There were plenty of pirouettes, plies and pointes in the Queensland National Ballet’s student performance of Romeo and Juliet at the concert hall in the Old Museum building in Brisbane.
Director and choreographer Martyn Fleming’s interpretation of William Shakespeare’s play and its most recent film version brought together the old and the new, the classic and contemporary.
Most of the ballet was danced to music from the 1996 Baz Luhrmann Romeo + Juliet movie soundtrack, which lent a modern feel to the performance.
In the opening scene Everclear’s song “Local God” blasted out as dancers leapt around the stage, depicting the fights between the Montagues and the Capulets. Fast-paced and rebellious, it was a great way to start the performance and get the attention of the audience.
The dancing was of a very high quality, most notably that of the principals. Both Juliet, danced by Saraphina Irvin, and Romeo, Jacob Robinson, were outstanding. They moved together as one and the emotion their characters felt for one another was clearly expressed in their moves. Their dances involved many lifts, which they executed with grace and poise.
Anita Brittingham and Zachary Horvat performed in the roles of Juliets parents, Lady and Lord Capulet. Their anger and despair at seeing their daughter with Romeo, a Montague, was portrayed with conviction. They both commanded the stage, with dramatic turns, leaps and lifts.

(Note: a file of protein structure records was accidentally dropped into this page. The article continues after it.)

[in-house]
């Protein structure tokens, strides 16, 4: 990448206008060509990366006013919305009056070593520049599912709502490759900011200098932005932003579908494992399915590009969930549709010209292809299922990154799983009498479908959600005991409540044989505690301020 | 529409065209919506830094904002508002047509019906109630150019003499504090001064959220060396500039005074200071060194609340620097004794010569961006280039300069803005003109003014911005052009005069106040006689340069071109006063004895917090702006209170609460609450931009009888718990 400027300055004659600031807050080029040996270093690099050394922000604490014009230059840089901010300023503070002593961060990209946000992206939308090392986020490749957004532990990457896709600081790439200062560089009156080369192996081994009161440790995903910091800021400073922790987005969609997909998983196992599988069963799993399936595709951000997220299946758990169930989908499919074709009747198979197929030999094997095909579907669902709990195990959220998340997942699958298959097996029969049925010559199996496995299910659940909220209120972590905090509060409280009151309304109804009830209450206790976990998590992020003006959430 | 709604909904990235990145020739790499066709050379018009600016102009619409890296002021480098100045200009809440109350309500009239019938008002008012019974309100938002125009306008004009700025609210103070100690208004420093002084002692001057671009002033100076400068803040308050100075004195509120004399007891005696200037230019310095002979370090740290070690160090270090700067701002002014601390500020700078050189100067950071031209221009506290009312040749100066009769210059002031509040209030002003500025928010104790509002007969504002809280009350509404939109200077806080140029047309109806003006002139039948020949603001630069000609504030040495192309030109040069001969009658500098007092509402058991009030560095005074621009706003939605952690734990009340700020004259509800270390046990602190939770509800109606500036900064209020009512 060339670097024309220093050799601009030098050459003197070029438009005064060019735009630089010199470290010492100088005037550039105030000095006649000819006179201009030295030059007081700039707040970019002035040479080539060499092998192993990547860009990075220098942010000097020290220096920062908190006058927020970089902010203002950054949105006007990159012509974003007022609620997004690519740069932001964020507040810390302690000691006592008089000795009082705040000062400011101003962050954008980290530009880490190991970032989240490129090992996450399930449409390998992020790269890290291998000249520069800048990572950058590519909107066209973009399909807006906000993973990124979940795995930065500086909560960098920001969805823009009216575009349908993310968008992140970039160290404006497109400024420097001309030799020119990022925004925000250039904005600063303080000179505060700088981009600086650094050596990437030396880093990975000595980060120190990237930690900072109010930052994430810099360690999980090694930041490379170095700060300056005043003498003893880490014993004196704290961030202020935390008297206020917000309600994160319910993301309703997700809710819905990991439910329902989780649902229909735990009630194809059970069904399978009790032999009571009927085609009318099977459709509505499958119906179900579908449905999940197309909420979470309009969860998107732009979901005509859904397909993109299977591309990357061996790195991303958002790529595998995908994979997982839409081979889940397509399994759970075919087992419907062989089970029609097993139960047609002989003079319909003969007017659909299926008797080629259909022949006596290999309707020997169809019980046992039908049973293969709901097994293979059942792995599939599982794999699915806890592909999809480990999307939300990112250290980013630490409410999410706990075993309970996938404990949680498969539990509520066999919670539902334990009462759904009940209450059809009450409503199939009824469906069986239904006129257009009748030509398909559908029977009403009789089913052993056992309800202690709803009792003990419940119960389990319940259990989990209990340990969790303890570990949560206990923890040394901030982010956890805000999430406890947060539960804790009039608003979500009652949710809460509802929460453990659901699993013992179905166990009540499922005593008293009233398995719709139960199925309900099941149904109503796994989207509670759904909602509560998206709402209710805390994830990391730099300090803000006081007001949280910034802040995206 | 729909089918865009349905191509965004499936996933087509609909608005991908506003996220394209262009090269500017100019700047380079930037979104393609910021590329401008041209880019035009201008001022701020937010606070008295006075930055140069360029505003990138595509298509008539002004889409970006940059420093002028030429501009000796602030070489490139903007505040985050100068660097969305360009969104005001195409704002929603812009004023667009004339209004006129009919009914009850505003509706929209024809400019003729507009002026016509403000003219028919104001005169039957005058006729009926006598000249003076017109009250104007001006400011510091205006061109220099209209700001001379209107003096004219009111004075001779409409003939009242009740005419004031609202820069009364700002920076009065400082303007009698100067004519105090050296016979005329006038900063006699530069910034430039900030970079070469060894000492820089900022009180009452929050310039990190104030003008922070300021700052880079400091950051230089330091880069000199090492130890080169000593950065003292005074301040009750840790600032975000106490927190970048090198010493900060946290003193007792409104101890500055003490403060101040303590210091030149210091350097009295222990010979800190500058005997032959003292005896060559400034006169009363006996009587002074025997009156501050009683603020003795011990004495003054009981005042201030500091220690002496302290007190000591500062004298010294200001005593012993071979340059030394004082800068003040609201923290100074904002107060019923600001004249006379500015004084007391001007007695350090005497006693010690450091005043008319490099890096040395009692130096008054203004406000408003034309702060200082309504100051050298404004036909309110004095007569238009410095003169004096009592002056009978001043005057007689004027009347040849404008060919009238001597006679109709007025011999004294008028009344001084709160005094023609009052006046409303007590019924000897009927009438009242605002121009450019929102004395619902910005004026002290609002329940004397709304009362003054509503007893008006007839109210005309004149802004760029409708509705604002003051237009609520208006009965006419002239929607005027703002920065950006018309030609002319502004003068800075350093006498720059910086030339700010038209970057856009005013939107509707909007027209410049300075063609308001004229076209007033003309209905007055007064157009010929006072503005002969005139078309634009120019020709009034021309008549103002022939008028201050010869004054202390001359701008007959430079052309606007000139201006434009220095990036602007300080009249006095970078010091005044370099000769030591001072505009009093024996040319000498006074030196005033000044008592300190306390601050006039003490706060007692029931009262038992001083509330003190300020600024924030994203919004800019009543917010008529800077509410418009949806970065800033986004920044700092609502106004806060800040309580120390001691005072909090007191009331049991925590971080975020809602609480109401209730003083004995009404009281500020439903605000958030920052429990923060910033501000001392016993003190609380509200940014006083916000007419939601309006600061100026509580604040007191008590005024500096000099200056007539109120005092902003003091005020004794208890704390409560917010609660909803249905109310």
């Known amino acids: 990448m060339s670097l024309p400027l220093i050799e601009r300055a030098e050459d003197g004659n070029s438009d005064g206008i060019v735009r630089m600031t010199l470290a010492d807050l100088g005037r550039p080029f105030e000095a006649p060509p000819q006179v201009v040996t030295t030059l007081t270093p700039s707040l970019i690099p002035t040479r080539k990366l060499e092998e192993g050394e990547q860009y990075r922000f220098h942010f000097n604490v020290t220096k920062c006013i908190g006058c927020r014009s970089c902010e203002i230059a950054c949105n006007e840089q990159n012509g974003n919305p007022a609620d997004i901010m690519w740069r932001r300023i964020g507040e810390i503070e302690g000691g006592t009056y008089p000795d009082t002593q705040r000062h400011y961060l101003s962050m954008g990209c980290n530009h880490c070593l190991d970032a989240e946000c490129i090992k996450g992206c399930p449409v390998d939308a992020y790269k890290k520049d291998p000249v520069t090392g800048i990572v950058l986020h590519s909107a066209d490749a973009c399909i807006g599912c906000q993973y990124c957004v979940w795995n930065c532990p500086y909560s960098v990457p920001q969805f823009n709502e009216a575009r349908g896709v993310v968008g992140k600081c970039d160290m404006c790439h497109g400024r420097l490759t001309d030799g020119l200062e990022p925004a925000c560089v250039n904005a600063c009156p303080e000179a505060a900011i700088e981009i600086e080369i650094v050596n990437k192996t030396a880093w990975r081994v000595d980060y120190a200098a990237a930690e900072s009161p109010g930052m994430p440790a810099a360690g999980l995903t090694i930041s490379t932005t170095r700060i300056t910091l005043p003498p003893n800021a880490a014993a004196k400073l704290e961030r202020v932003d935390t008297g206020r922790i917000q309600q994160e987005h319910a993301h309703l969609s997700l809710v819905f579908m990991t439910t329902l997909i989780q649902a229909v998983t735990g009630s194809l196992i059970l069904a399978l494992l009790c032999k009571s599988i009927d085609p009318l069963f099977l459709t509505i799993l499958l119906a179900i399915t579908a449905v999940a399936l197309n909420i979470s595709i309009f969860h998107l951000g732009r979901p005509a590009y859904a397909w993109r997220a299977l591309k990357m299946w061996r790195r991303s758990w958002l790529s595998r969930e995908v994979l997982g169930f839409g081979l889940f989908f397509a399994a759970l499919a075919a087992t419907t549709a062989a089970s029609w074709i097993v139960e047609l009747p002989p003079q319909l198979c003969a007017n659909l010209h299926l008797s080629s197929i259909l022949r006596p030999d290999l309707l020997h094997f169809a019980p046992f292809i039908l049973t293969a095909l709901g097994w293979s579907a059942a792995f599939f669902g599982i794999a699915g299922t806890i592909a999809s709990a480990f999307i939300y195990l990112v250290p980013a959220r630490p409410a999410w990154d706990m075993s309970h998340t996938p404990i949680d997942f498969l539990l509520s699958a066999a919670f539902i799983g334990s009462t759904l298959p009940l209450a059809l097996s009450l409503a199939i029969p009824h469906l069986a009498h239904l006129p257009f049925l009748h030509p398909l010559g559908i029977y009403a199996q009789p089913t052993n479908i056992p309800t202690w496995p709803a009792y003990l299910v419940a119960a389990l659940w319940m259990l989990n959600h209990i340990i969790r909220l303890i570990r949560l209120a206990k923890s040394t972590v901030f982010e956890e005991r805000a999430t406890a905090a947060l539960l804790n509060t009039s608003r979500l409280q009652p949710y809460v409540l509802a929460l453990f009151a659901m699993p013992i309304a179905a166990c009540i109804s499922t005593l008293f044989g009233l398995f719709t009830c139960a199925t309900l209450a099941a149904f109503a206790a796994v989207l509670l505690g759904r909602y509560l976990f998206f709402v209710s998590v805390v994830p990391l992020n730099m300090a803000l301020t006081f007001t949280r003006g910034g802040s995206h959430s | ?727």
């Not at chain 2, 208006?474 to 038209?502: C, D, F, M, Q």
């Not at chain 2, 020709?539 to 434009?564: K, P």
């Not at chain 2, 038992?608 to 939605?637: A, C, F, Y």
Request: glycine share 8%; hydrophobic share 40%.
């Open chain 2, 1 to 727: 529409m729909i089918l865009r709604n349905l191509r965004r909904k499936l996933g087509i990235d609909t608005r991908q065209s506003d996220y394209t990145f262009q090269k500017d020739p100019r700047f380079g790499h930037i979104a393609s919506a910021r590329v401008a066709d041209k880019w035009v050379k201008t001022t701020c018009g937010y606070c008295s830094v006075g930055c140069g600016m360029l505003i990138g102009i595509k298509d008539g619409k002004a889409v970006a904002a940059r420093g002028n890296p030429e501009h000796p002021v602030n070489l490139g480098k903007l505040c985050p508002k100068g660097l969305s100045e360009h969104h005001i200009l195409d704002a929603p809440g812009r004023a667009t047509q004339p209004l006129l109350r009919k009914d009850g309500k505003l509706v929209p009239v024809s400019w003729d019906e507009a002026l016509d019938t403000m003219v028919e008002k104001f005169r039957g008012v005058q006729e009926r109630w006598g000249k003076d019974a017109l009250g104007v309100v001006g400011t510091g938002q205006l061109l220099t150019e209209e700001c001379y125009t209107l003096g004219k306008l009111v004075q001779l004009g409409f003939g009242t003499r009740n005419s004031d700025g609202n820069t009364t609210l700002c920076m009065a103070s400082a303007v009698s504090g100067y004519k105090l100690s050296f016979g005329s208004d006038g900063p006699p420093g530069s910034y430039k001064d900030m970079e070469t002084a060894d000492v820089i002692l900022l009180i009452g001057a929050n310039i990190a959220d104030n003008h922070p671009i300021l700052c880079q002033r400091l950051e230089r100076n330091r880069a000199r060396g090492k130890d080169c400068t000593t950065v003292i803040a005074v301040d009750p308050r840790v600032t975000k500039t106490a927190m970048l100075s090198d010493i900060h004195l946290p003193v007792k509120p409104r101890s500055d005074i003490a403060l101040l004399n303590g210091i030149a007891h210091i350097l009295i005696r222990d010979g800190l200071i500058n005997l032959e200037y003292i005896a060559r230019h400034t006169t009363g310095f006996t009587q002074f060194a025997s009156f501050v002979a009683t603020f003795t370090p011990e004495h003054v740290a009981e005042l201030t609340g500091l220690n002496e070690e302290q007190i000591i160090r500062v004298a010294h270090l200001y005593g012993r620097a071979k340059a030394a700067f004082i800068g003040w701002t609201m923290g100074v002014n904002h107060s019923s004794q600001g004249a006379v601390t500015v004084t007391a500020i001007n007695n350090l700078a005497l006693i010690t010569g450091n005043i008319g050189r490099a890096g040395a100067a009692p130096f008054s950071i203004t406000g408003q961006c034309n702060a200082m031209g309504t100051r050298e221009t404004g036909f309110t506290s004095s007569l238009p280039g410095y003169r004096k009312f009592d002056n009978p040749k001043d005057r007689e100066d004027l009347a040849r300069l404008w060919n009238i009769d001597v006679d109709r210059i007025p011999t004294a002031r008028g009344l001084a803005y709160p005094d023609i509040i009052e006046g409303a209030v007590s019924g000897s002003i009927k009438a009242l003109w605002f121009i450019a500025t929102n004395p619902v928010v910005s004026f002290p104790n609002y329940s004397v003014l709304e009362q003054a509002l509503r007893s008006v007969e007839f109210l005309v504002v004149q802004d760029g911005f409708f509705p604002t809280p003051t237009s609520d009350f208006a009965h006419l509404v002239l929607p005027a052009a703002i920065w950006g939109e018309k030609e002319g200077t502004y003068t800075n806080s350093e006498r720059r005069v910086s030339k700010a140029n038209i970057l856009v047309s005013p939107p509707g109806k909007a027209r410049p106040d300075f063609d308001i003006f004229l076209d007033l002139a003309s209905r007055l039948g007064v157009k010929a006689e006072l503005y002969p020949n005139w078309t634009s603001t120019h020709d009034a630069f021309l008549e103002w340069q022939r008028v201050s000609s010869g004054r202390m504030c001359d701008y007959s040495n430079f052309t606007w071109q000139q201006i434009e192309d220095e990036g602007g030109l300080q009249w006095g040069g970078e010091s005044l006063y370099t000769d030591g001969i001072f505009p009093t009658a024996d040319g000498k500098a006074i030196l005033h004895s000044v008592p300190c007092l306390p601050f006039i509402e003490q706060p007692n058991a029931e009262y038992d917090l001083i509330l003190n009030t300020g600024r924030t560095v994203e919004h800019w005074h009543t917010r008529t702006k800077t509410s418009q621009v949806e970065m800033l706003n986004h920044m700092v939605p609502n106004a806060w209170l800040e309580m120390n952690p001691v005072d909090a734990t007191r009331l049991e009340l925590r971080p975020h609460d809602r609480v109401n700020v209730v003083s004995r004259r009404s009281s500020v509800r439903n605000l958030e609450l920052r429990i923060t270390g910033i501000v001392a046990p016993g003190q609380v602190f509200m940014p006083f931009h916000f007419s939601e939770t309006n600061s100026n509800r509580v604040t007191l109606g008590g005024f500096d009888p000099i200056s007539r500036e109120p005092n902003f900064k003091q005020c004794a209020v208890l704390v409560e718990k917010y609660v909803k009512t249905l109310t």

There were a couple of outstanding scenes during the performance, one being the dancing at the masquerade ball. Rows of dancers in ball gowns moved together in unison, masks covering their faces, to Sergei Prokofiev’s “Dance of the Knights” music.
Prokofiev’s music was written for the classic Romeo and Juliet ballet in the 1930s. Its strong horns and bass and melodic line created a dark and emotionally charged atmosphere.
Another dramatic scene was the sword fight between Romeo and Tybalt (Caleb Irvin), Juliet’s cousin. Music with a heavy beat and frenetic energy played as the two men fought to the death.
Fleming choreographed this scene to perfection. The sword fight became part of the dance, with both characters jumping and leaping out of the way of the other’s sword. The audience sat, tense in their seats, waiting for the outcome.
The costumes of the dancers were varied and colourful. In place of the traditional tutu there were sequinned mini-dresses, ball gowns, jeans and singlet, with the simple leotard also making an appearance.
While the set was very basic and gave the production an amateurish feel it didn’t detract from the professional performance of the dancers. Each one gave their utmost and it was easy to forget that they were students, and not professional ballet dancers.
Queensland National Ballet’s production was a great success and one of which all the students and their teachers should feel very proud.